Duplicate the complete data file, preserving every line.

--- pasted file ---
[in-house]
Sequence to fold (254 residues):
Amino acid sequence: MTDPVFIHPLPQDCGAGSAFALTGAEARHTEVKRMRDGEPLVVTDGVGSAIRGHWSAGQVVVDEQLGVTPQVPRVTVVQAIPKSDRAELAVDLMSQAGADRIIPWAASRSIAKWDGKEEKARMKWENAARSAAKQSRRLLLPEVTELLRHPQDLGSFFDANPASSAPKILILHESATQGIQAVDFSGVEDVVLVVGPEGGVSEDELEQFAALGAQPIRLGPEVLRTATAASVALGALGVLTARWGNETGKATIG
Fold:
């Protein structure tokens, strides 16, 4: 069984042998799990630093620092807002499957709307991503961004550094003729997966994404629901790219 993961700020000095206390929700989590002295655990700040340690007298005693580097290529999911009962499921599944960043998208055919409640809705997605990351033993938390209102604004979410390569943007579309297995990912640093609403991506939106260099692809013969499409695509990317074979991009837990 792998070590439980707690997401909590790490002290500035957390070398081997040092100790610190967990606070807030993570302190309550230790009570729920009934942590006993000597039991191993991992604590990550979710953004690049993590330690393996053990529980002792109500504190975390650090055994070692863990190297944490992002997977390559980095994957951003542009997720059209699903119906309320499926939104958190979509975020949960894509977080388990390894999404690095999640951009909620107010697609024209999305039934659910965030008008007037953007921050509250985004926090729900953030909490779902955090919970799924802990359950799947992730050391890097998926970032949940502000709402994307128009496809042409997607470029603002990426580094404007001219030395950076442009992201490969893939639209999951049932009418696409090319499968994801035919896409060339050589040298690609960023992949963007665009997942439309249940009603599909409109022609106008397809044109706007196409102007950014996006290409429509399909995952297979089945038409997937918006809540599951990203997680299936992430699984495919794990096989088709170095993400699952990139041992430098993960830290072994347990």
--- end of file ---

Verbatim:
[in-house]
Sequence to fold (254 residues):
Amino acid sequence: MTDPVFIHPLPQDCGAGSAFALTGAEARHTEVKRMRDGEPLVVTDGVGSAIRGHWSAGQVVVDEQLGVTPQVPRVTVVQAIPKSDRAELAVDLMSQAGADRIIPWAASRSIAKWDGKEEKARMKWENAARSAAKQSRRLLLPEVTELLRHPQDLGSFFDANPASSAPKILILHESATQGIQAVDFSGVEDVVLVVGPEGGVSEDELEQFAALGAQPIRLGPEVLRTATAASVALGALGVLTARWGNETGKATIG
Fold:
């Protein structure tokens, strides 16, 4: 069984042998799990630093620092807002499957709307991503961004550094003729997966994404629901790219 993961700020000095206390929700989590002295655990700040340690007298005693580097290529999911009962499921599944960043998208055919409640809705997605990351033993938390209102604004979410390569943007579309297995990912640093609403991506939106260099692809013969499409695509990317074979991009837990 792998070590439980707690997401909590790490002290500035957390070398081997040092100790610190967990606070807030993570302190309550230790009570729920009934942590006993000597039991191993991992604590990550979710953004690049993590330690393996053990529980002792109500504190975390650090055994070692863990190297944490992002997977390559980095994957951003542009997720059209699903119906309320499926939104958190979509975020949960894509977080388990390894999404690095999640951009909620107010697609024209999305039934659910965030008008007037953007921050509250985004926090729900953030909490779902955090919970799924802990359950799947992730050391890097998926970032949940502000709402994307128009496809042409997607470029603002990426580094404007001219030395950076442009992201490969893939639209999951049932009418696409090319499968994801035919896409060339050589040298690609960023992949963007665009997942439309249940009603599909409109022609106008397809044109706007196409102007950014996006290409429509399909995952297979089945038409997937918006809540599951990203997680299936992430699984495919794990096989088709170095993400699952990139041992430098993960830290072994347990």